End carding, don’t replace it

By Admin Wednesday October 09 2013 in Editorial
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When conditions between Toronto police and Black men in this city are being compared to apartheid South Africa, we are in trouble. When, as has been detailed in the Toronto Star’s most recent “Known to Police” report that examined data on police stops from 2008 to mid-2011, more young Black men have been stopped, questioned and entered into the police database than live in Toronto, we have a serious problem. When, by the Toronto Police Service’s own acknowledgment, the number of persons a police officer stops and records in this city is factored into consideration of the police officer’s promotion prospects, there is cause for great concern.

 

The police agree that racial profiling, and even carding, or what the police refer to as Field Information Reports, are either illegal or too intrusive, yet they still focus on collecting information on as many Black young men as possible. Trying to pass it off by using different names does not make it any better. Neither is handing receipts to individuals after their personal information is put into the police database.

 

We have lost count of the complaints we have received at Share from people who have suffered from the bully tactics of police officers who stop, question and record information about them seemingly for no other reason than they are Black young men.

 

When their names and other personal information are placed into the police database there is no indication recorded as to whether or not they are suspected of a criminal offence. And the best Deputy Police Chief Peter Sloly, who has been reviewing police practice, can offer is that the names of the innocent will remain in the database for seven years before being removed. (If they are innocent, why are their names recorded in the first place? Or is it that it would take seven years for them to prove – or for the police to determine – that they are innocent?)

 

Black men are stopped at more than three times the rate of other demographics, and in some areas up to eight times more frequently. It is common knowledge that some officers use provocative and aggressive tactics that can increase the possibility for arrests. Any reaction to these tactics can instantly result in charges, the most common being assaulting an officer or obstruction.

 

According to the police, officers stop individuals who ‘look’ suspicious. But what criteria do the police use to decide who looks suspicious and why it is that Black men appear to them to be more suspicious than members of the wider population?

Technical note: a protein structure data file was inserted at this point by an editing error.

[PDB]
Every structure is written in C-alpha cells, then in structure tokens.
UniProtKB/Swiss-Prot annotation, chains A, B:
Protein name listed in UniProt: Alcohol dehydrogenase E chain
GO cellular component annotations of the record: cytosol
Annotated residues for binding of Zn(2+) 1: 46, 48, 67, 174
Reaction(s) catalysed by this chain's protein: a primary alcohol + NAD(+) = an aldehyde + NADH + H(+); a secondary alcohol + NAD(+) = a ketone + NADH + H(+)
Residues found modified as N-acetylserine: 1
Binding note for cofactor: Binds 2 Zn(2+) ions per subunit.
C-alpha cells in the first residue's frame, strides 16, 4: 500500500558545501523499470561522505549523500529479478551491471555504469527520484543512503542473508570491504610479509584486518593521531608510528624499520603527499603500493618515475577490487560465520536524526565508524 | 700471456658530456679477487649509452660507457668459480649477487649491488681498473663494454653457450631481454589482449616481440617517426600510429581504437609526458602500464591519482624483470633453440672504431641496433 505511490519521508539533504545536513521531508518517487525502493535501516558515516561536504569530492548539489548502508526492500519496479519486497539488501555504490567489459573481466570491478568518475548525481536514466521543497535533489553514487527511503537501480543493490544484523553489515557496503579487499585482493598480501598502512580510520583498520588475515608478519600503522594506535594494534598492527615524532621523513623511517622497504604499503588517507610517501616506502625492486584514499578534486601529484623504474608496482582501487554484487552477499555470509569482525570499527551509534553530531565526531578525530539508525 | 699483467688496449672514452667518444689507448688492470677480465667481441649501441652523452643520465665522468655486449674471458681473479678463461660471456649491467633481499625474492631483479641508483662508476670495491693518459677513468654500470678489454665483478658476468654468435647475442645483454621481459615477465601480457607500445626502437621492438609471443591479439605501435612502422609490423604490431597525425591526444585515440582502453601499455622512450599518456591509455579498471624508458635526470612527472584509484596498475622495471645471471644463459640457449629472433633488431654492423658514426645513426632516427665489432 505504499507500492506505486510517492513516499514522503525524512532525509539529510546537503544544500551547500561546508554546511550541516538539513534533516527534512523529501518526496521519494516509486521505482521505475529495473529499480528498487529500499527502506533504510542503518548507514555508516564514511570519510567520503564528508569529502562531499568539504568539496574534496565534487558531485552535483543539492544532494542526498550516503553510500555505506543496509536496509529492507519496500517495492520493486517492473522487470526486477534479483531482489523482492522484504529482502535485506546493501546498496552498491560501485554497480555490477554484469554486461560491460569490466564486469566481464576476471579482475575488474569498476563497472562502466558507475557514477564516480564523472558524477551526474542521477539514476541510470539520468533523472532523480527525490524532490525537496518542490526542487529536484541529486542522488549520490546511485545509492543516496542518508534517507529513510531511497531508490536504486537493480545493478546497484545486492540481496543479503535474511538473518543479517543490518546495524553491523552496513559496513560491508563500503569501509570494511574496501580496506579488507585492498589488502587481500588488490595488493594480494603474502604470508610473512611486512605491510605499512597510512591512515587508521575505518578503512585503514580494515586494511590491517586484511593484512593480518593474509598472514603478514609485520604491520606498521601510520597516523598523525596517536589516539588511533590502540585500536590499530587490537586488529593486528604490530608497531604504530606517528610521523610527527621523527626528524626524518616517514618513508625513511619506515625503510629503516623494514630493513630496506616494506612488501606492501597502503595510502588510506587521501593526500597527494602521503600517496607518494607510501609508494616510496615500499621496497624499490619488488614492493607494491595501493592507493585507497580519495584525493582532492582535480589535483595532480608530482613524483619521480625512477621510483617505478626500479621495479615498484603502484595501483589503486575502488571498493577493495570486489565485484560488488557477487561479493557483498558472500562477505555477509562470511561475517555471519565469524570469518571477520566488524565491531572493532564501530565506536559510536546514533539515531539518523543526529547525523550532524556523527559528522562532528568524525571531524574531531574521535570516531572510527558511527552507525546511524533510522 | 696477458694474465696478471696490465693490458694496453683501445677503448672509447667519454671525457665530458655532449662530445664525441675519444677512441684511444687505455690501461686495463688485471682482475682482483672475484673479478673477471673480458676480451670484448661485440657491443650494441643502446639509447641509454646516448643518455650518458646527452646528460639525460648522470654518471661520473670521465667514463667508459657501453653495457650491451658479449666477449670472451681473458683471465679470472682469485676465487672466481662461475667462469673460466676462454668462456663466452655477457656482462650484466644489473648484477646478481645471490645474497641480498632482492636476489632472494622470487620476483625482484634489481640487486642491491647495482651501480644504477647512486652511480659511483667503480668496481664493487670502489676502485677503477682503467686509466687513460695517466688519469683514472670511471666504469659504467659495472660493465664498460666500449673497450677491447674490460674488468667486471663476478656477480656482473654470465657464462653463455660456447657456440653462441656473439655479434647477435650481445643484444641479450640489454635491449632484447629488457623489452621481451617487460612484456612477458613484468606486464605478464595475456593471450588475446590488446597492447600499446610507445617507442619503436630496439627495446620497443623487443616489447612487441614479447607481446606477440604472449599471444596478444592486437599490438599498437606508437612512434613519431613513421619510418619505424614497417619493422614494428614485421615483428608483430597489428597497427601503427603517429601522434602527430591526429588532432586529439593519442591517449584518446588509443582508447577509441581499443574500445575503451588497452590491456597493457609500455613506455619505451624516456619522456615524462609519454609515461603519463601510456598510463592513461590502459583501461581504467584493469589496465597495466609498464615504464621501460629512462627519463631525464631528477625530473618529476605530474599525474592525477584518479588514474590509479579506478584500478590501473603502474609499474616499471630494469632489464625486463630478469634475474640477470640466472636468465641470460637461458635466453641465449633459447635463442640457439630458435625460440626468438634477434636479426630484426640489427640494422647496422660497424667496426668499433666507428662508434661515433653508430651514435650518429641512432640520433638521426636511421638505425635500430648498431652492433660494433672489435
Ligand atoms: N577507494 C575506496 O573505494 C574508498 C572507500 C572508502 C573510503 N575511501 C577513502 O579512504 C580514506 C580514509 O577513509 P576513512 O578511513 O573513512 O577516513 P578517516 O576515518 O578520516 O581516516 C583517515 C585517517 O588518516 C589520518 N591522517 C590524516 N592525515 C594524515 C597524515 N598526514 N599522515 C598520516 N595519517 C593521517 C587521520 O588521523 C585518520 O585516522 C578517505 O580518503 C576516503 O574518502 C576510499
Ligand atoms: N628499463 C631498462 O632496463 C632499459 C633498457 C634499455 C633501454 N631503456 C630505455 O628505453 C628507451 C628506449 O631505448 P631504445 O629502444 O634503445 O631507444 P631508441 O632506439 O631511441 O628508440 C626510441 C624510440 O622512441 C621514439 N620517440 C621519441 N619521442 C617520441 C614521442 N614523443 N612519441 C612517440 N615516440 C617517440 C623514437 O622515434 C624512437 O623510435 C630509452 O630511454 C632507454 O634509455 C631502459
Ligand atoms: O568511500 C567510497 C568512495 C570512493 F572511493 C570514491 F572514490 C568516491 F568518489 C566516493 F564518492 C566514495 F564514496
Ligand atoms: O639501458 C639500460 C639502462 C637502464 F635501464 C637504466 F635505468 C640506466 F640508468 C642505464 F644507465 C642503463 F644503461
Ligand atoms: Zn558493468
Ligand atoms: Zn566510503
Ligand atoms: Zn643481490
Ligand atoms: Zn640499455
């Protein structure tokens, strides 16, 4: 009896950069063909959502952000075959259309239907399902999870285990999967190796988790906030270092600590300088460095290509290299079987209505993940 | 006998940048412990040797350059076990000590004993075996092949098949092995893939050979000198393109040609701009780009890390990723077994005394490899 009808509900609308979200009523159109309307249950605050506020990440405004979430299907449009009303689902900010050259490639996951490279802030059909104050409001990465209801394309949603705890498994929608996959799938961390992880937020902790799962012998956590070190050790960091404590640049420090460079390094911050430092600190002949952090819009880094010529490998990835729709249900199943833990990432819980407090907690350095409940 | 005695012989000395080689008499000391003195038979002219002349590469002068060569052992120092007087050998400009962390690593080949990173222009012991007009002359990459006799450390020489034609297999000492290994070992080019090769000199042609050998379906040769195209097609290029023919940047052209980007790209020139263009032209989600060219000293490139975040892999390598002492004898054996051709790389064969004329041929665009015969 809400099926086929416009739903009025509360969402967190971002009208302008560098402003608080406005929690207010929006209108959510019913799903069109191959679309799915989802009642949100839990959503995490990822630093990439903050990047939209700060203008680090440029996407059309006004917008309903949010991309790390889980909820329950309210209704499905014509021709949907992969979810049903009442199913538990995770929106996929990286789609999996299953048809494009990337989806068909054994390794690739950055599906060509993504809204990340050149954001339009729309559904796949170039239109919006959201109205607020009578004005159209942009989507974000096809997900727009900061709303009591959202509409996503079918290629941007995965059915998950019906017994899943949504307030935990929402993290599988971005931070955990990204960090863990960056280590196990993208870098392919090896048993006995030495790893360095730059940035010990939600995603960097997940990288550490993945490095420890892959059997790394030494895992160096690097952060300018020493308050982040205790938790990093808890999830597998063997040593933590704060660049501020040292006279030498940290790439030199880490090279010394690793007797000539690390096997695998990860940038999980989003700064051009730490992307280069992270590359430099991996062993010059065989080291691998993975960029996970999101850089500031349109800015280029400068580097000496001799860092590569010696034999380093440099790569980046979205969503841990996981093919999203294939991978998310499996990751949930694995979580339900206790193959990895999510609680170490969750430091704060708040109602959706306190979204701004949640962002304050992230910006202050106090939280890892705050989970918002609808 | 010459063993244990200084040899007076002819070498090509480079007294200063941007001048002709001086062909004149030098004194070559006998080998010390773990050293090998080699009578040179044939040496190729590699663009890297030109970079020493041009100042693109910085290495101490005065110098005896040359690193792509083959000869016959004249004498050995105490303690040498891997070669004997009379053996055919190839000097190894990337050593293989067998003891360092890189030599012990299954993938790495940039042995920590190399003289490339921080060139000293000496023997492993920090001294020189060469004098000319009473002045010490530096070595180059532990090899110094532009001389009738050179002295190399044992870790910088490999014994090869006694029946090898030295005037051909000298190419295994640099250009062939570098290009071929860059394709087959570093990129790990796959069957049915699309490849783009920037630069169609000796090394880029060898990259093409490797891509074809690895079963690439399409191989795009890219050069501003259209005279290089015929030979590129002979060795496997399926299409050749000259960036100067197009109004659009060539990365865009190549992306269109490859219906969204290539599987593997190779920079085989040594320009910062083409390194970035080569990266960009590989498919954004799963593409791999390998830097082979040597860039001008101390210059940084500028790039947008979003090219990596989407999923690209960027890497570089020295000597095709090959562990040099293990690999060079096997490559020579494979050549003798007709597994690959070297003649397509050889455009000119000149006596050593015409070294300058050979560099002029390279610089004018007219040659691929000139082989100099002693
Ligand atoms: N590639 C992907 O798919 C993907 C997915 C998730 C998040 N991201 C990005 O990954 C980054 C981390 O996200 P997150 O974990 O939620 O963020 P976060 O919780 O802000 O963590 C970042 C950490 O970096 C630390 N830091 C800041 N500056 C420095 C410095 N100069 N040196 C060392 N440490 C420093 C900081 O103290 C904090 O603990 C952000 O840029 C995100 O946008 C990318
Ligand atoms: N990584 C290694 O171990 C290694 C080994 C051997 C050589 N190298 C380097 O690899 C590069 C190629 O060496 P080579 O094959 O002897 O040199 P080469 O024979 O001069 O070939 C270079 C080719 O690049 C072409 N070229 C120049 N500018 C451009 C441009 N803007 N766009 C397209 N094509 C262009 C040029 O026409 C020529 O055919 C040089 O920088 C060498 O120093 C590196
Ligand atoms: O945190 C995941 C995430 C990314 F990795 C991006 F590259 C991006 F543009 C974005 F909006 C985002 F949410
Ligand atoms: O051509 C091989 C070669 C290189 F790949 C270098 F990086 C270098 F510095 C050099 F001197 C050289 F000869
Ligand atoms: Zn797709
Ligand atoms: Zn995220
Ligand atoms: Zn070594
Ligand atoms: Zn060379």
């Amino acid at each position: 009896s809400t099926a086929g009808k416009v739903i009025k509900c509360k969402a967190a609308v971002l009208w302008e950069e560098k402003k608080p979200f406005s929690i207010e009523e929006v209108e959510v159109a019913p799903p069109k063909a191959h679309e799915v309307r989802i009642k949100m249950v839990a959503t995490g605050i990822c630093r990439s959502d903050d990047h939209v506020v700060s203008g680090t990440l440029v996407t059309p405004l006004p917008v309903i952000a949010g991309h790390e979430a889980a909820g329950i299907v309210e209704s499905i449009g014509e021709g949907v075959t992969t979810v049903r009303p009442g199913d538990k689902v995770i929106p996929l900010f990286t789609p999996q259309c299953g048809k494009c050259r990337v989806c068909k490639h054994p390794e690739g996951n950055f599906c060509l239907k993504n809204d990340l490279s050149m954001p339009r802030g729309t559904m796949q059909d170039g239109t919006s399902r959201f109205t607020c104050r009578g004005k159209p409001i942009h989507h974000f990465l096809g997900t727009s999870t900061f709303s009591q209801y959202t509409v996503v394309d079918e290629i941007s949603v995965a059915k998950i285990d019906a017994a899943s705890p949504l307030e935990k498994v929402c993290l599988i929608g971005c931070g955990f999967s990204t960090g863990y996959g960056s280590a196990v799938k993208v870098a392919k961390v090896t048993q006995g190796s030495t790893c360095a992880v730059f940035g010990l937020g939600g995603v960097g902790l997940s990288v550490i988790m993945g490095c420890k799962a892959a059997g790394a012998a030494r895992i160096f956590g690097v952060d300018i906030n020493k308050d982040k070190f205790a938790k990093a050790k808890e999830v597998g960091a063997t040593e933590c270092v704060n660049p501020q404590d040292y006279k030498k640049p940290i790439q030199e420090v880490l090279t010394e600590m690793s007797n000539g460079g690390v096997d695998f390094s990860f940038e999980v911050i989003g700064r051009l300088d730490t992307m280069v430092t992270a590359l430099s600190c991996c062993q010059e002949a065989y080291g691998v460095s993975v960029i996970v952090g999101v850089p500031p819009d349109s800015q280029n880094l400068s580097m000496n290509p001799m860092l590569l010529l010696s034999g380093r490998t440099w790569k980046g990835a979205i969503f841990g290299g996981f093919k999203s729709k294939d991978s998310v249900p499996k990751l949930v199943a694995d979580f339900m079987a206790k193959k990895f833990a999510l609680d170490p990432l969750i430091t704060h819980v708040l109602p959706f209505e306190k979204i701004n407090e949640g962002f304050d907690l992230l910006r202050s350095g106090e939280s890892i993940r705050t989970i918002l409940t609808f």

We know from reports we receive from many who have been stopped that they reflexively become wary when they see police vehicles approaching because they are all too familiar with the aggressive and humiliating tone of officers that is standard in these encounters. They have reason to be afraid. In the wake of the hasty shooting death of 17-year-old Sammy Yatim trapped alone on a streetcar, or in other videos where we see police officers kicking people who are already on the ground, does it seem as though police officers are being more aggressive and violent these days? Or is it that more of them are being caught on video? By the way, can you imagine the uproar there would be across this land if someone was seen kicking a dog the way police officers have been seen kicking people?

 

In response to the Star report, police officials have been holding community meetings to hear from the very people who they have so assiduously targeted as they work to refine this policing strategy. But will they reconfigure their surveillance methods to ensure that it will not continue to be an assault on the Black community?

 

The fact that carding has actually increased over the years since the Star’s first “Known to Police” report a decade ago confirms that Toronto Police have become much more reliant on this information gathering strategy. The question is what changes, if any, will be made to correct this travesty when the police insist that this disturbing action is an integral part of their policing and crime prevention policy.

 

The pattern of racial profiling and carding must end, not only because it is a violation of Charter Rights but also because the ongoing assault on this particular community is wrong.

 

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